My stomach hurts.
Just to let you all know, five more “blind auditions” for “The Voice of the Philippines” are to be aired. Our teams—mine and those of my comentors Bamboo, Sarah Geronimo and apl.de.ap—are almost fully formed now; just a few slots are left.
There are too many names from the other teams to mention here, so allow me to focus on whom I have thus far, in no particular order: Chien Berbana, Darryl Shy, Radha, Diday Garcellano, Juvie Pelos, Mitoy Yonting and Tau Muhammad.
This week, all the coaches and artists are preparing for the next stage of the competition: the “battles.” Each coach divides the team into six pairs. The battle is now one-on-one, head-to-head. At the end of the round, the coach will pick which members of his/her own team will stay or go.
That’s why I’m feeling this way. It will be an incredibly difficult week for the coaches. Saying goodbye will be a gut-wrenching exercise.
For sure, coaching my team won’t be all about vocal technique (though there will definitely be some of that). There is always that thing called “mental toughness,” something many professional performers have in spades, especially those who have nurtured careers spanning more than 20 years … mental toughness that has weathered the threats of scandal, demands of the marketplace and the reality of just getting older.
Proverbially, mental toughness separates the men from the boys. The “battles” phase is one high-pressure situation, in an already high-pressure environment. One, you are literally placed in a boxing ring to duke it out with another competitor. Two, you have to deal with being surrounded on three sides by the audience. Three, behind you is the band playing your song, a band with a very long musical resumé, having worked with many of our country’s best singers. Four, your coach is right in front of you, with the other three coaches.
Are you going to thrive in this environment or are you going to cave in? Will your desire to find your biological father, or those outstanding financial debts, or that school-aged son that you haven’t met jam your mind? Or will it be just about the next two and a half minutes under the lights, on that stage, microphone in hand, with that song?
Allow me to explain how mental toughness should work in the case of an artist who, I hope, has developed it to the point of genius, because she needs it now more than anyone else does: Charice.
Yes, I’ve written about Charice, but because of what she is going through, I’m writing about her again. Before I continue, allow me this disclaimer: This is my own opinion, and may not reflect the views of the Inquirer.
Because of her coming out, Charice is, understandably, a person of interest in the talk-show circuit. It seems that everyone wants to know every tidbit there is to find out about her. That is all fine and good as long as it doesn’t head into tabloid territory, out of respect for this incredibly talented young woman and everything she has achieved on the country’s behalf thus far.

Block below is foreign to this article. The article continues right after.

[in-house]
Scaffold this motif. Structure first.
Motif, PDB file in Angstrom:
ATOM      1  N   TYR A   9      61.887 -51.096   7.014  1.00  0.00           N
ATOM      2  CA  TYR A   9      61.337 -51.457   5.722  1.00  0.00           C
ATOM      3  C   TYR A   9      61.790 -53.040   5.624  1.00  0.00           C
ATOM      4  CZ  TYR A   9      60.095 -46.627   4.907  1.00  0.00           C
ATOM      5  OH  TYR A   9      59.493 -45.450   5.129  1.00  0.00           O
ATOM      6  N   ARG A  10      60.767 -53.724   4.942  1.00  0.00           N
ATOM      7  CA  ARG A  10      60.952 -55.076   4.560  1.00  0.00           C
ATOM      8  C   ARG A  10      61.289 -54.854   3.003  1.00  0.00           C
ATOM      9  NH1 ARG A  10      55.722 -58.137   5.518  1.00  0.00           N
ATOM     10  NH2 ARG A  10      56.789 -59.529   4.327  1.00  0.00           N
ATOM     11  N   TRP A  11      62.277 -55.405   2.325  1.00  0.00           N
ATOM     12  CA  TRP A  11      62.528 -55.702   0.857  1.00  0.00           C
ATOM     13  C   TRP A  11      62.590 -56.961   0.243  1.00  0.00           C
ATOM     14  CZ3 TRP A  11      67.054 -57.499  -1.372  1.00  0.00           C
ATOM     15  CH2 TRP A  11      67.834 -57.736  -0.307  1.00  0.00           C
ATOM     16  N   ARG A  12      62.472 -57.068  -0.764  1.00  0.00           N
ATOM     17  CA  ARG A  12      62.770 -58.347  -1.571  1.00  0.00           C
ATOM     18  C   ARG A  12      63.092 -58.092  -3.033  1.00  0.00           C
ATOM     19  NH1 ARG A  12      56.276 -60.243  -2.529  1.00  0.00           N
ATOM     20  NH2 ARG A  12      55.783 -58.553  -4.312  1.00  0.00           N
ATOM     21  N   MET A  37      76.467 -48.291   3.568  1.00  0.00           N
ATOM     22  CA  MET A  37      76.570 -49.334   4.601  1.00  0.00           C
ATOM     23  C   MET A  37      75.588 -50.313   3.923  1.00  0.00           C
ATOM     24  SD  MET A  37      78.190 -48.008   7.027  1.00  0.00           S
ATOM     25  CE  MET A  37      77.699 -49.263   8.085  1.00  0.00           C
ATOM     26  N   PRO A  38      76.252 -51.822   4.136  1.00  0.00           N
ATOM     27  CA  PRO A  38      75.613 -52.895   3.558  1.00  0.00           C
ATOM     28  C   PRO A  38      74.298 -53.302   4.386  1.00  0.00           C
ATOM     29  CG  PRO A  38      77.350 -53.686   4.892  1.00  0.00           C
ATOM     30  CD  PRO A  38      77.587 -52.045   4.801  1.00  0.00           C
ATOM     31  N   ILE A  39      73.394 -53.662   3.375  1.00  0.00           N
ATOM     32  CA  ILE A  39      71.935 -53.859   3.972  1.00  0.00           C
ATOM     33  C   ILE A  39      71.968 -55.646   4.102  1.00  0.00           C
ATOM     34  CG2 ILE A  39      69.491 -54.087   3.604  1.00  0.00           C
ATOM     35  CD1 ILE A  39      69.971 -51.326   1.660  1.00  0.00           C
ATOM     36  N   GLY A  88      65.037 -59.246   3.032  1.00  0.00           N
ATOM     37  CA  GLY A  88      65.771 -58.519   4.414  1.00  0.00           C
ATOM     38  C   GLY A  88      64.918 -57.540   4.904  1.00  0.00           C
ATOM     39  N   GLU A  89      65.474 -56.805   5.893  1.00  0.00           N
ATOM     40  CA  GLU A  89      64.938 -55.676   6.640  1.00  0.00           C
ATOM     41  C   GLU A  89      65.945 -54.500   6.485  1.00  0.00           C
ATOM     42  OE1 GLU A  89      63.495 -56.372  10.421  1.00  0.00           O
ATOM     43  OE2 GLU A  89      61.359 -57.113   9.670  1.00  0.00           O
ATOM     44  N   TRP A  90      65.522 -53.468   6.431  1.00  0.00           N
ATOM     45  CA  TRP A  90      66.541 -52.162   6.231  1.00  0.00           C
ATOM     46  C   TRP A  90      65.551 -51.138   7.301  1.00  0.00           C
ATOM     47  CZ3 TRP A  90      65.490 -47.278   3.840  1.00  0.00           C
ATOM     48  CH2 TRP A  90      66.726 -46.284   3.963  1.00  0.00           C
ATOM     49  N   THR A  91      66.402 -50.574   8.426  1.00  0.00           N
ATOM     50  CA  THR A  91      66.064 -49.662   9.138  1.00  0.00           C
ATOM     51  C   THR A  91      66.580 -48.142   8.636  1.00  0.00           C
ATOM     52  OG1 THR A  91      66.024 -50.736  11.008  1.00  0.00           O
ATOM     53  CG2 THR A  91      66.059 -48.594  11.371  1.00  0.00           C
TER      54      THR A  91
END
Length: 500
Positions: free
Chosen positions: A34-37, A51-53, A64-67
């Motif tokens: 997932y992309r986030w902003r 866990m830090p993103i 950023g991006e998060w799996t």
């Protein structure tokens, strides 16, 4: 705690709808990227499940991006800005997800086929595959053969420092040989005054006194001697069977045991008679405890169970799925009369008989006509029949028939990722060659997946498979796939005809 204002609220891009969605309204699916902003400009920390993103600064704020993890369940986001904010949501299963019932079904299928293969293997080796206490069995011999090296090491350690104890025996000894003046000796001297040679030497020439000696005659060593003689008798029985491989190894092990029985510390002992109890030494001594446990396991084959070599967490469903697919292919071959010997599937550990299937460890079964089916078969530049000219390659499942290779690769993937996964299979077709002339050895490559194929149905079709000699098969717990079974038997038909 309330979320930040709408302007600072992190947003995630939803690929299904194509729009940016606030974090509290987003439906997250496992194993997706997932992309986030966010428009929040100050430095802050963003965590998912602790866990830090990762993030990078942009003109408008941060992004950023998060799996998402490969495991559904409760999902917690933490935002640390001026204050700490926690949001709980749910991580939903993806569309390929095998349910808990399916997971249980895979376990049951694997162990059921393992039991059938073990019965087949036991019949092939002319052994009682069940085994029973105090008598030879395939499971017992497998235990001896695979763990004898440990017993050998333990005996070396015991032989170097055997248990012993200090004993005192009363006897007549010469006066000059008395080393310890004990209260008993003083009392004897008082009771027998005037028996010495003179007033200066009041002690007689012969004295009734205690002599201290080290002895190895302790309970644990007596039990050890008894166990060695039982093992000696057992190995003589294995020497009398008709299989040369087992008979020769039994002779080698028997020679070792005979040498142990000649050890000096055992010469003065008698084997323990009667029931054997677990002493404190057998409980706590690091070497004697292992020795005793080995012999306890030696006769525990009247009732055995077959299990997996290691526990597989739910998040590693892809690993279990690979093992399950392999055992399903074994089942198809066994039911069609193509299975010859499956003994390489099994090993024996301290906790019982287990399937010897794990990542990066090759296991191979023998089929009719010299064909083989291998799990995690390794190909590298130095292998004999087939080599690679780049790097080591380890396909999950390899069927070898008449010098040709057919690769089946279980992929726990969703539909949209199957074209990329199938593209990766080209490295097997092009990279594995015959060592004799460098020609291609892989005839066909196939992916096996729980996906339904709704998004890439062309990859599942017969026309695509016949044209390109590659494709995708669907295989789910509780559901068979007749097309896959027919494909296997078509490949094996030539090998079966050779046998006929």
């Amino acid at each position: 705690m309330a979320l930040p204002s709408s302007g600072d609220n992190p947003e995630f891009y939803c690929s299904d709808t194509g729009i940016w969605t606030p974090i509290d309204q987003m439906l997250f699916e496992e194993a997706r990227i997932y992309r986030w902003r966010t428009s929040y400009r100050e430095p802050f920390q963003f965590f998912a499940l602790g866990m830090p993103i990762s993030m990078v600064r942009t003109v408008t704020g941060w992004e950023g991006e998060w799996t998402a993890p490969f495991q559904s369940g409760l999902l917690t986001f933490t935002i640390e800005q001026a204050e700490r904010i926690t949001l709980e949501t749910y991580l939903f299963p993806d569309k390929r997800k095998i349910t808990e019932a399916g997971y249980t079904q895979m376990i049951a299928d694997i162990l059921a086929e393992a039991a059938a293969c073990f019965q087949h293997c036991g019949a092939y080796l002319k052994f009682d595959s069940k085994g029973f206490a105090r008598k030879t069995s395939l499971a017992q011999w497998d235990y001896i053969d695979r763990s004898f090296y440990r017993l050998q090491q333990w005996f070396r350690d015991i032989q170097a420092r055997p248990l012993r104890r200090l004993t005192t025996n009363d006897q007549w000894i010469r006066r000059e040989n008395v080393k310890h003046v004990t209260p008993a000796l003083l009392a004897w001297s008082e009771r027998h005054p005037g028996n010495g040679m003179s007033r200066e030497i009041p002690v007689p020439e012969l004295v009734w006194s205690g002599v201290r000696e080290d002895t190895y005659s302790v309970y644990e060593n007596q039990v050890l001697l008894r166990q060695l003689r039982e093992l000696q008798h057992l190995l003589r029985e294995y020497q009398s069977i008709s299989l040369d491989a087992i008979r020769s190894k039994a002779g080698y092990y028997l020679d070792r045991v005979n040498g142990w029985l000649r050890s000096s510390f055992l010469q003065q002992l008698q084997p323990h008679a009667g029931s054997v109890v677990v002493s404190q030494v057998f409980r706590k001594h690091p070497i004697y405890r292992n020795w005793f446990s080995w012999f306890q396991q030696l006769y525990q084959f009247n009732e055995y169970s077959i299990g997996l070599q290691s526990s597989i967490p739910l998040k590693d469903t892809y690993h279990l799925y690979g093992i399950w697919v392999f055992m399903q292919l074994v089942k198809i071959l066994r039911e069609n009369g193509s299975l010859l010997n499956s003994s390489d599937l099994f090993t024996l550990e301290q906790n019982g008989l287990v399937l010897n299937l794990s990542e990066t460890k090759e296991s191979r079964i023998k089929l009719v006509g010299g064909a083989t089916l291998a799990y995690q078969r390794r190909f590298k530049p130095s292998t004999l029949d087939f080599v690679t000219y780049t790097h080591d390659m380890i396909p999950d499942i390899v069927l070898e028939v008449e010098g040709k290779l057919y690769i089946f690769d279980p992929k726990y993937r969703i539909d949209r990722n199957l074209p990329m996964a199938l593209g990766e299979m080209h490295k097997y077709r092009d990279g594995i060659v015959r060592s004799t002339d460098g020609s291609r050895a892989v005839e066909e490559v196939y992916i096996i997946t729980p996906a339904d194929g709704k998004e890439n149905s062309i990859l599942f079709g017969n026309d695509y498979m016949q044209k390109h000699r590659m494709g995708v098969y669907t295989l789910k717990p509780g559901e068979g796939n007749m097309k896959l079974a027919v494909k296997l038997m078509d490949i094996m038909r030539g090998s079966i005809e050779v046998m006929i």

Her mental toughness at this stage has little to do with singing and everything to do with fielding invasive, embarrassing questions from certain members of the television media.
Why I walk away
There is a lot of TV shows that I flat-out refuse to watch; any time that I feel anyone from my business (especially the music side of it) is about to be skewered within view of millions of people, I walk away from the TV. To start with, I know that I’m going to bump into these colleagues in a recording studio, or in a dressing room before a TV guesting, or backstage at a concert. There are details about their lives that I would rather not know. I’d like to always be able to look into their eyes without that feeling of having had their private business forced down my throat. To respect their privacy, and their dignity, I change the channel or turn the darn thing off altogether.
The only thing important to me is the art … the music … the camaraderie … and the beautiful noise we’re about to make. Can’t it just be about that? These are artists, people who deserve the pedestals that their fans place them on.
An artist like Charice makes this country look great through her monstrous, ridiculous, outsized talent. The rest of the world beyond our shores appreciates her for that voice—full-bodied and textured, and laser-beam accurate. If she must tell the world her whole story, I’d rather hear it sung. I’d rather we all said “Thank you” for all she had done and would still be doing, and let it be the end of that. I’m sure we can all accord her some respect.
For Charice, as well as the members of my team on “The Voice”: Truth be told, the battles never stop. Only the opponent’s face changes, and it won’t always be a fellow artist. At times it will be an interviewer … an anonymous netizen … or just another so-called human being who will be only too happy to take you down a peg or two.
Don’t let any one of them win. Ever.